**2D**

Given m,n >= 3, we can try to build a 2-dimensional tiling where m regular n-gons meet at each vertex. The angle of a regular n-gon is alpha = (1 - 2/n) pi, and we have the following three cases:

- m alpha < 2 pi. This yields a regular polyhedron (a Platonic solid). There are 5 cases like that:

a. n = 3, m = 3: tetrahedron, a self-dual polyhedron, the 3-dimensional simplex

b. n = 3, m = 4: octahedron, the 3-dimensional cross-polytope

c. n = 3, m = 5: icosahedron

d. n = 4, m = 4: cube, dual to octahedron, the 3-dimensional hypercube

e. n = 5, m = 3: dodecahderon, dual to icosahedron

Each of those defines a finite subgroup of SO(3), the 3-dimensional rotation group and of O(3) the 3-dimensional rotation-and-reflection group. These subgroups are, of course, the symmetry groups of the polyhedra. - m alpha = 2 pi. This yields a regular tiling of the Euclidean plane. There are 3 cases like that:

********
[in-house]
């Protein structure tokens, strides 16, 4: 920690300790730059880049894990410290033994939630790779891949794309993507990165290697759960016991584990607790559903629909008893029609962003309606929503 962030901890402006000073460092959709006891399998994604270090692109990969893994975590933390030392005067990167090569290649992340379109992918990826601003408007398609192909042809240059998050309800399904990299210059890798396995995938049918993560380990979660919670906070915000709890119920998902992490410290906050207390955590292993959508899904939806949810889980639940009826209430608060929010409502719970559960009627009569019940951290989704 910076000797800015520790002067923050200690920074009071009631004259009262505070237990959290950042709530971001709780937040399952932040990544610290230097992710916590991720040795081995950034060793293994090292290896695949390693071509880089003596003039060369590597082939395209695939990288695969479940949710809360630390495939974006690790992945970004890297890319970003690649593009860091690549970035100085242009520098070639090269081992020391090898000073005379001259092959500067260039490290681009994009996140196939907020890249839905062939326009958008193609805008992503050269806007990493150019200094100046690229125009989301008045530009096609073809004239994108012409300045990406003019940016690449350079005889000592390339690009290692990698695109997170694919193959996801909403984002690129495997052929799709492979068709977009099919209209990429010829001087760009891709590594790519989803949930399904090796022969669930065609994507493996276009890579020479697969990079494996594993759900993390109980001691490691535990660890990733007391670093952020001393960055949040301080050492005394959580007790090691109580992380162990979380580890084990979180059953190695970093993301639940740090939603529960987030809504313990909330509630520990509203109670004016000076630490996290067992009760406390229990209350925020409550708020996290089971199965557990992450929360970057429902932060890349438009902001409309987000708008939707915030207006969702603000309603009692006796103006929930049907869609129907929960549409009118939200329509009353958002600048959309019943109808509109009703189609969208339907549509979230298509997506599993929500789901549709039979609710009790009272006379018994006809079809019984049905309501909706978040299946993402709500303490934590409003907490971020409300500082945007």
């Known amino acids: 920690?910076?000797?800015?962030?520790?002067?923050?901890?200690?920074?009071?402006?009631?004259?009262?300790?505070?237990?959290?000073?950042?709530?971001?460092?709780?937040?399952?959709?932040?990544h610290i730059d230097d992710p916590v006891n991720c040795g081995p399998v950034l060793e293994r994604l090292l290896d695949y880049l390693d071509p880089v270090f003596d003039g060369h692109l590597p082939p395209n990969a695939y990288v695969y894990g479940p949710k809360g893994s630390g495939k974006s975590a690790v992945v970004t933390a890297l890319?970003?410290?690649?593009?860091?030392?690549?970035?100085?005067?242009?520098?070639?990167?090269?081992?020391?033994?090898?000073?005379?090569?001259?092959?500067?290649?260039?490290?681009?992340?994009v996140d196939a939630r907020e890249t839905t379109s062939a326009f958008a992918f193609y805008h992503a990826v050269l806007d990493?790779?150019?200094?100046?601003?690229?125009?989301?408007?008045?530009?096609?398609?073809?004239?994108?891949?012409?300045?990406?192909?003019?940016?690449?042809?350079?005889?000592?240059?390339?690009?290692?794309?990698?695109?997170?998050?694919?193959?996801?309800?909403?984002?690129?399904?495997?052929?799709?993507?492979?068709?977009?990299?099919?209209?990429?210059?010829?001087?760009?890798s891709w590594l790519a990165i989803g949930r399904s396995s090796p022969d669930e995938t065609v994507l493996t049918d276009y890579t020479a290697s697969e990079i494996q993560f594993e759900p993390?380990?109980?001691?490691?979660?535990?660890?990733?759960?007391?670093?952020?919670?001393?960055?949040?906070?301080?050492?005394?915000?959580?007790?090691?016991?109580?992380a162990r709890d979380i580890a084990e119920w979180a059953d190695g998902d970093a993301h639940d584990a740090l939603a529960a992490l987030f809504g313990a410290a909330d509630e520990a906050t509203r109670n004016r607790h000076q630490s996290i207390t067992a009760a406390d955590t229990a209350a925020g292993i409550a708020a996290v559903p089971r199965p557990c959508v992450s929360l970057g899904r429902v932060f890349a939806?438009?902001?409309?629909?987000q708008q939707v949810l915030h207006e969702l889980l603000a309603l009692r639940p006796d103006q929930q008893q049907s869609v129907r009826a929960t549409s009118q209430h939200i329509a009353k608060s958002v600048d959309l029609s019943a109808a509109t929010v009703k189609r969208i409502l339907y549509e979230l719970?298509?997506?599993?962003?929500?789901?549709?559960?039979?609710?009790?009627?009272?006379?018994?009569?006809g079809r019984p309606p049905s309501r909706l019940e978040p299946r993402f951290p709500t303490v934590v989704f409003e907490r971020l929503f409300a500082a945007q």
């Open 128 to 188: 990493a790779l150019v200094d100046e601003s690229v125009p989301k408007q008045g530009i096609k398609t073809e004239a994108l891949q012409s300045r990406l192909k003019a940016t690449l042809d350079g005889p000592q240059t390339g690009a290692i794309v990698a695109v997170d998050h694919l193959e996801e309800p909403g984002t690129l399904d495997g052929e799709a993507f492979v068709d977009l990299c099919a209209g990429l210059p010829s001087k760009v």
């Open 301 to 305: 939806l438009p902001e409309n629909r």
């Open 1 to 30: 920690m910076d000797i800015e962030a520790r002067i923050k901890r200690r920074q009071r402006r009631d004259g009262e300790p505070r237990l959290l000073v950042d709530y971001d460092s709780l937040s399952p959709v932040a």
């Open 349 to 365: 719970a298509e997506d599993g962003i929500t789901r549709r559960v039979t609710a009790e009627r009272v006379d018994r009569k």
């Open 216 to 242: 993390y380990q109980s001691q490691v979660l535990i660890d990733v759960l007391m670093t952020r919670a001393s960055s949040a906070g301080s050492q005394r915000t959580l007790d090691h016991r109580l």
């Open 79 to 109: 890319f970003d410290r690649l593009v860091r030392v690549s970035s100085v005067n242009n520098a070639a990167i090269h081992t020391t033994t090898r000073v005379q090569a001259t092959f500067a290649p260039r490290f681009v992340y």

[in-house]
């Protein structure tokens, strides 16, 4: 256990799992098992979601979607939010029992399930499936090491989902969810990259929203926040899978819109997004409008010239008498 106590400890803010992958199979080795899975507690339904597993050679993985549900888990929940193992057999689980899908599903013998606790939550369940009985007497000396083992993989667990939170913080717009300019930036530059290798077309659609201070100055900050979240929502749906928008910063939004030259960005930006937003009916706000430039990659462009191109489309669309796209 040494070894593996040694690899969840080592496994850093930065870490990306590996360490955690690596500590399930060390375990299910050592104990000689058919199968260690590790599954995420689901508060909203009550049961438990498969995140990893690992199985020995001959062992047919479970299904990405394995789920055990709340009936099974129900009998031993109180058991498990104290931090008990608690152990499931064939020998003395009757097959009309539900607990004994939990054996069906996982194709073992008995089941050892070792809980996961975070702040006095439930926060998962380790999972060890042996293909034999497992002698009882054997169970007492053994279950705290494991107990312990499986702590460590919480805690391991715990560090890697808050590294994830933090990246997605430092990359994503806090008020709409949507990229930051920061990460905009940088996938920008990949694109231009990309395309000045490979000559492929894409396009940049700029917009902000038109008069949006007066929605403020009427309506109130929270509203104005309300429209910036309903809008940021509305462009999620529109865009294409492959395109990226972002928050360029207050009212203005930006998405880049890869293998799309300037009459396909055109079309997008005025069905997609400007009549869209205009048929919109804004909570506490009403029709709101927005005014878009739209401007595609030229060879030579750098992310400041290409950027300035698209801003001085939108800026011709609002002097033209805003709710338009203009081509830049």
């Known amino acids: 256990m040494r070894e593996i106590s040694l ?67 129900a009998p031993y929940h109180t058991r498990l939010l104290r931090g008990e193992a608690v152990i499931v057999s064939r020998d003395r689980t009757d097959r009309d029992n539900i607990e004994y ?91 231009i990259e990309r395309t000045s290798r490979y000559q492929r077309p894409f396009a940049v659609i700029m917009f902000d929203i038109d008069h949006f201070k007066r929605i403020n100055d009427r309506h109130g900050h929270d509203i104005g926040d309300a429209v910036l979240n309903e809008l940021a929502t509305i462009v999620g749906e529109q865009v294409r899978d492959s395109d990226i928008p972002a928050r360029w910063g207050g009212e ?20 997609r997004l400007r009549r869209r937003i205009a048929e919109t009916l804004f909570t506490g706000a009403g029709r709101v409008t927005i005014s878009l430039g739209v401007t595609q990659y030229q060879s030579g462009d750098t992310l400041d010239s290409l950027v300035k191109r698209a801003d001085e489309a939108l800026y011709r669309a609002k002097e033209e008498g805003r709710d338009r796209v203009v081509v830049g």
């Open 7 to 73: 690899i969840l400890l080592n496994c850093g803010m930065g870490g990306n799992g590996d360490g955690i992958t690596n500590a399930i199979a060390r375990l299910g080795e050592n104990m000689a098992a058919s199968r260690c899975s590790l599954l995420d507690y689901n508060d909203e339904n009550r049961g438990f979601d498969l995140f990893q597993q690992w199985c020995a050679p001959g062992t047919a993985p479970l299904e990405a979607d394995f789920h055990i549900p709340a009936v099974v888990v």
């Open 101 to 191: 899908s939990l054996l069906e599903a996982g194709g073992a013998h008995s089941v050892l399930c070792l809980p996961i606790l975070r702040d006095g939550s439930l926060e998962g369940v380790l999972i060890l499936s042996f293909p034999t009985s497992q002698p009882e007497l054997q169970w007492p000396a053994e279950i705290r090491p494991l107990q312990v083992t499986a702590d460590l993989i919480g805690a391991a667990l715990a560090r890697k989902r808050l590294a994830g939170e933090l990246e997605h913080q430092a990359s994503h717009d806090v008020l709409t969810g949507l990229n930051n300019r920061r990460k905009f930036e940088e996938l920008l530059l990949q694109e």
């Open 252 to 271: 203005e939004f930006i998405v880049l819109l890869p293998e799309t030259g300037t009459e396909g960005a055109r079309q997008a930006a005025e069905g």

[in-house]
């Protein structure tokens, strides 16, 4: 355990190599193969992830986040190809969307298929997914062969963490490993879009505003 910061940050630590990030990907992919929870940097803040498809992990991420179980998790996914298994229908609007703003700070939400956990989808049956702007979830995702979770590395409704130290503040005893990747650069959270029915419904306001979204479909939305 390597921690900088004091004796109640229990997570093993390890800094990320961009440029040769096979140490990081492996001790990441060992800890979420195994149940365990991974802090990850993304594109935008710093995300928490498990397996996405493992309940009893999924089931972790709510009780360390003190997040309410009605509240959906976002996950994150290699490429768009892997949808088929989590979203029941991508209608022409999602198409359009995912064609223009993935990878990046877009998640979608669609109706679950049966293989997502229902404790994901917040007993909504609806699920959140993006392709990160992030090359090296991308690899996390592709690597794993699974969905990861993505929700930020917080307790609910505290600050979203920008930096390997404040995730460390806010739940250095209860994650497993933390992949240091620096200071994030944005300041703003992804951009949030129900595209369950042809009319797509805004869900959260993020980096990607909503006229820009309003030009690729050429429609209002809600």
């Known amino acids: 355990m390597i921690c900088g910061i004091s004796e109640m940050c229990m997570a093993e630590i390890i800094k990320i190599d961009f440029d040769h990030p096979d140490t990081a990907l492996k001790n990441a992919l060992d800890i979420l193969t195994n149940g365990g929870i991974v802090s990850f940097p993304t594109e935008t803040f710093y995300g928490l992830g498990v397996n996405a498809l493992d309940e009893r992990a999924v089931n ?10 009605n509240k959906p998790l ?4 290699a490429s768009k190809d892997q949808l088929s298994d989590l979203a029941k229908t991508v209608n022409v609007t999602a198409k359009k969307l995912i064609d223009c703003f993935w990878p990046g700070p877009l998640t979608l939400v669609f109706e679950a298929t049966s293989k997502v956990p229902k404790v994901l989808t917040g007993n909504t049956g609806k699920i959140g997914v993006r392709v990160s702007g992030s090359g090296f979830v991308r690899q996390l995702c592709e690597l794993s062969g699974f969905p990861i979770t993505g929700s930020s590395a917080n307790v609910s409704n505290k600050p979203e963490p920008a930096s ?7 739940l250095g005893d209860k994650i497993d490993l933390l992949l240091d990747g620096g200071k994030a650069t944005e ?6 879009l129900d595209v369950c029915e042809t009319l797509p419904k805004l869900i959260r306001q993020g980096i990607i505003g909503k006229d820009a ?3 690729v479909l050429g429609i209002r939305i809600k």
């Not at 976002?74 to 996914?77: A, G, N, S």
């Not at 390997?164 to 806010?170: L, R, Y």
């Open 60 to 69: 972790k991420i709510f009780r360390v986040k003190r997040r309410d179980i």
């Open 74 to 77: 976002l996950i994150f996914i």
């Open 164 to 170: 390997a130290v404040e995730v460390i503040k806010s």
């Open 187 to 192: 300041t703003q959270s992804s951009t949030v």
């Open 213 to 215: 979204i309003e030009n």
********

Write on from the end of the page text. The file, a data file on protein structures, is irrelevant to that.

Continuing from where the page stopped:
a. n = 3, m = 6

b. n = 4, m = 4 A self-dual tiling

c. n = 6, m = 3 dual to a

Each of those defines a discrete subgroup of the group of isometries (rotations, translations and reflections) of the Euclidean plane. Alternatively we can use orientation-preserving isometries (rotations and translations only). - m alpha > 2 pi. This yields a regular tiling of the hyperbolic plane. There's an infinite number of cases. Each of them defines a discrete subgroup of SO(2, 1). The later group has various geometric realizations:

a. Orientation-preserving isometries of the hyperbolic plane.

b. Lorentz transformations of special relativity in 3-dimensional spacetime (2 space dimensions and 1 time dimension).

**3D**

Given A, B regular polyhedrons, we can try to build a 3-dimensional tiling where #{faces of B} A-polyhedra meet at a B-type vertex. What do I mean by a B-type vertex? Imagine the vertex being in the ceter O of a B-polyhedron Y. Fix a face F of

Y. F corresponds to an A-polyhedron X of the tiling. The lines passing through the O and the vertices of F correspond to edges of X.